ZW:  Probably my first big club show. I was 17 and I opened for Dokken in Sacramento. There was like 1100 people there, and I remember feeling this huge adrenaline rush. When they turned on the house lights and I saw the crowd, my heart stopped for a second!


TRR:  That's pretty cool.  I wonder what the rest of your friends were doing when they were 17?  When did you know that this is what you wanted to do for the rest of your life?


ZW:  I always knew that I wanted to be a performer to some degree, but I didn’t truly get serious about having a music career until I was 16 years old.


TRR: That's a pretty young age to know what you want to do for the rest of your life.  Most people don't figure that out until they're in college, even then, many have no clue.  So, congratulations on finding yourself at such a young age.  


ZW:  Thanks


TRR:  In the 90’s, Kenny Wayne Shepherd and Johnny Lang were a couple of the young guys who brought Blues Rock back to the mainstream. It seems to be making its way back again with path pavers like Bonamassa and Joanne Shaw Taylor. What is Zach Waters going to do to become a household name?


ZW:  I definitely need to get on some bigger tours as an opener. I think expanding my audience will help me become a more recognizable act.


TRR:  I think you're headed in that direction.  Tell me about your songwriting. How does it start with you?


ZW:  My songwriting comes from a place of reflection and experiences that I go through.  Usually the music comes first, and lyrics come after I can really decipher what mood the music is creating.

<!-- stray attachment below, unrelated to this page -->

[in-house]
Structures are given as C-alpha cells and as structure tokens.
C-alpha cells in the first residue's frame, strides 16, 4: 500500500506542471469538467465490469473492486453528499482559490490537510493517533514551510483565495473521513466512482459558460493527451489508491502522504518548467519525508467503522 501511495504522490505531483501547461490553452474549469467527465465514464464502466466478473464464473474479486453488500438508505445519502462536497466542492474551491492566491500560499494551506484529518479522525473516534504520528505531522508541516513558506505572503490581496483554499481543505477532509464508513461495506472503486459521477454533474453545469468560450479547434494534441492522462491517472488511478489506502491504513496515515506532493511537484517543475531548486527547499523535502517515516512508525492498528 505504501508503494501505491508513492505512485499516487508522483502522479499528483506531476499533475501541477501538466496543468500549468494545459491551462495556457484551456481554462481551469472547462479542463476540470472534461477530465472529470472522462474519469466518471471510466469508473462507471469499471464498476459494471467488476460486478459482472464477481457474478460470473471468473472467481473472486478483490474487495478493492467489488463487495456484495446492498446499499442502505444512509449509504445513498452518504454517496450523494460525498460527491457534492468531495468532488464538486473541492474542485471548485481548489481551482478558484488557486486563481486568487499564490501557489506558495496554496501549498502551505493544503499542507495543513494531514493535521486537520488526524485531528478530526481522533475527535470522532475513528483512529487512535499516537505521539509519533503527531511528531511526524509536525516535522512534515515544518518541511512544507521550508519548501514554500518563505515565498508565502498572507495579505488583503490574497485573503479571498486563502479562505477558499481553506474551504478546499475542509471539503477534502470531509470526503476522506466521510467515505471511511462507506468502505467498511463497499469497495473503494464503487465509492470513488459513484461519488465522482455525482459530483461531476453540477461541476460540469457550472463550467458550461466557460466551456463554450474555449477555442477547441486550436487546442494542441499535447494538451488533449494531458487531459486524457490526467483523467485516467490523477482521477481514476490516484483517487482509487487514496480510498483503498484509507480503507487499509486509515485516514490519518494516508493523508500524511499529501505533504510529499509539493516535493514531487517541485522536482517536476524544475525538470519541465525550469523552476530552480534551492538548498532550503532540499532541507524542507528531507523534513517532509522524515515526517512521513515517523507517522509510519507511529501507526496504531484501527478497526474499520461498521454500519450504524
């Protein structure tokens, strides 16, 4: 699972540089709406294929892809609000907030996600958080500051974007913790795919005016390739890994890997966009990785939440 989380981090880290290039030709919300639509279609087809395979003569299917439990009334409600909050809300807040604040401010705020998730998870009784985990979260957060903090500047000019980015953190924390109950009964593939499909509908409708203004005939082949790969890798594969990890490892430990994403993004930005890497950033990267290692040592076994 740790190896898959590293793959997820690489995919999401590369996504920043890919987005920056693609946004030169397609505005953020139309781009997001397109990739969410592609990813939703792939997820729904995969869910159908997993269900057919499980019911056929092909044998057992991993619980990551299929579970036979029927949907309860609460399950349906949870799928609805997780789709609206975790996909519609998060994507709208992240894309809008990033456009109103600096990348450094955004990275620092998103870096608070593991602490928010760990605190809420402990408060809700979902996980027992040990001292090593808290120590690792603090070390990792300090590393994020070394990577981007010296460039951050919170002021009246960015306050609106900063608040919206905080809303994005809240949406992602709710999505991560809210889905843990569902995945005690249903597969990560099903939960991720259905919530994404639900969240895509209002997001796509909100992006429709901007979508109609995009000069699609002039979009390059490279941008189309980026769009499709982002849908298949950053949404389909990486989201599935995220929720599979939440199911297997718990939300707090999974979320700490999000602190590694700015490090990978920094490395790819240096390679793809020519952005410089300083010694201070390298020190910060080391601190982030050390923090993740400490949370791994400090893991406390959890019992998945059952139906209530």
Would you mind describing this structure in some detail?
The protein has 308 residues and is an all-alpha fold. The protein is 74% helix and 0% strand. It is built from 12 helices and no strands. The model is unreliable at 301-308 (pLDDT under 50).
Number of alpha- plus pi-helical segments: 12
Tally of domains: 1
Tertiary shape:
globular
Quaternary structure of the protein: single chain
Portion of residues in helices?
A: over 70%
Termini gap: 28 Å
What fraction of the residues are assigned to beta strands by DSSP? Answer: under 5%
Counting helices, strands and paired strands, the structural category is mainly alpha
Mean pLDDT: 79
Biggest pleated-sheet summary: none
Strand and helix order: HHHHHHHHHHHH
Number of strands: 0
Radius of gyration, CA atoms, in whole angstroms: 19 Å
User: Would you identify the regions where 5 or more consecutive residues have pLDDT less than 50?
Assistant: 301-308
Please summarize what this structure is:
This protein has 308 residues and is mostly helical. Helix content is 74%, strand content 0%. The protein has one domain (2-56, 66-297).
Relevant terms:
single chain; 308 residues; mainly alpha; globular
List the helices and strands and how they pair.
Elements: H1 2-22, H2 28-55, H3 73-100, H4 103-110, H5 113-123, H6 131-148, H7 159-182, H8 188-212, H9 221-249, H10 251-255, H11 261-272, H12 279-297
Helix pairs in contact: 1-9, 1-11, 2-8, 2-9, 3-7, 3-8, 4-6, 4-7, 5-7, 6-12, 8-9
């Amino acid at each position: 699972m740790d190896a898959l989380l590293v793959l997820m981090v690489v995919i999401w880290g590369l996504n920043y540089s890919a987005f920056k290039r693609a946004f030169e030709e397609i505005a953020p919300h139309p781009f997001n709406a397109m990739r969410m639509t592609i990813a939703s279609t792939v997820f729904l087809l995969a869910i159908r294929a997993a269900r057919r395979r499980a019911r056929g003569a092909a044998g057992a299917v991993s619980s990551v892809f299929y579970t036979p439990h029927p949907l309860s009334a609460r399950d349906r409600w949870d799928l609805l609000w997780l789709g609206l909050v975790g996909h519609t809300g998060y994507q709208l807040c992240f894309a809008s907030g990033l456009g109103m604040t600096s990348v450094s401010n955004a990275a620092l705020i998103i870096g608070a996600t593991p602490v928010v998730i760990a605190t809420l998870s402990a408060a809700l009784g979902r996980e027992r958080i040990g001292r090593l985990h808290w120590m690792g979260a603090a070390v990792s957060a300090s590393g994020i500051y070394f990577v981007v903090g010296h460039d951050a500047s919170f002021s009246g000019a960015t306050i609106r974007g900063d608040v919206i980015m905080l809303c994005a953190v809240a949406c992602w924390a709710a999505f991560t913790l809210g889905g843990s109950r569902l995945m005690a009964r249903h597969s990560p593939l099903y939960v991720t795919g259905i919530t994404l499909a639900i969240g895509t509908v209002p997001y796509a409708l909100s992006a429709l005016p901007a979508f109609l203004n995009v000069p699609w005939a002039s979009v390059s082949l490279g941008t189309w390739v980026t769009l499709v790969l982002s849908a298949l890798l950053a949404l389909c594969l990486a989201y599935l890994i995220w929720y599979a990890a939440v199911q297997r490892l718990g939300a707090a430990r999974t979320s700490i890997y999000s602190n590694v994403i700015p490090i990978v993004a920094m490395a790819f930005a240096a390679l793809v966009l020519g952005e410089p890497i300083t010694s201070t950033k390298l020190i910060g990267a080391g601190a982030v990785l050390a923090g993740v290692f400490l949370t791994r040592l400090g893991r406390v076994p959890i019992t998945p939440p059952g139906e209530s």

TRR: Your song "Blue Eyes," did you write that on your own?  It’s very mature for someone who’s only 19. Great job!


ZW:  Thank you very much, and yes, that is a song I wrote my senior year of high school. I wrote it after my first breakup.

TRR:  You wrote the song about the ex-girlfriend?  Did she ever hear it?  

ZW:  As far as I know, she never heard it.  I have no idea where she even is. (laughing)


TRR: Do you have any endorsements yet?


ZW:  Yes, and always looking for more! As of 2019, I am endorsed by Tantris Picks, Thimble Guitar Slides, and Ernie Ball Music Man, as I am a member of Robert Knights’ “Brotherhood of the Guitar."


TRR:  Congratulations on all of that.  Endorsements aren't easy to get.  Tell me about your gear. What are you playing on stage and what are you running it through?


ZW:  Right now, I have been playing my 2011 Gibson SG Standard through a Blackstar HT-20 watt tube head, combined with a Marshall 1960A vintage cabinet. I also bring with me my Gibson Les Paul Goldtop and a white Fender Strat with Lace Sensor pickups. I also run a medium-sized effects board, with flanger, overdrives, delays, phasers, and a pitch shifter. Oh, and a talkbox.


TRR: To the novice, that sounds like a lot of gear.  It's actually a nice, simple set up.  You get some nice tone out of that setup.

ZW:  Thank you.


TRR:  You're welcome.  When can we expect to see you in South Florida? There are quite a few venues that would be a great fit for you here.


ZW:  Hopefully within the next year or so! I can’t wait to start touring the east side of the country one day.


TRR: What are your goals for the rest of this year?


ZW:  For this year, I hope to release a single with a music video, and sign with a manager. As well as play 80+ shows this year.


TRR:  80 shows?  That's a lot of shows!  What are your goals for the next 5 years?


ZW:  My goal for the next 5 years is to sign with a major label, and to hopefully put out some albums and tour extensively. It is my dream to win a Grammy award for best rock album one day.

TRR:  Those are some nice goals.  We'll keep an eye out to watch it all happen.  Zach, good luck with everything you've got planned and keep putting out great music.  

ZW:  Thank you, Kreig.

For further information about Zach Waters,

check him out at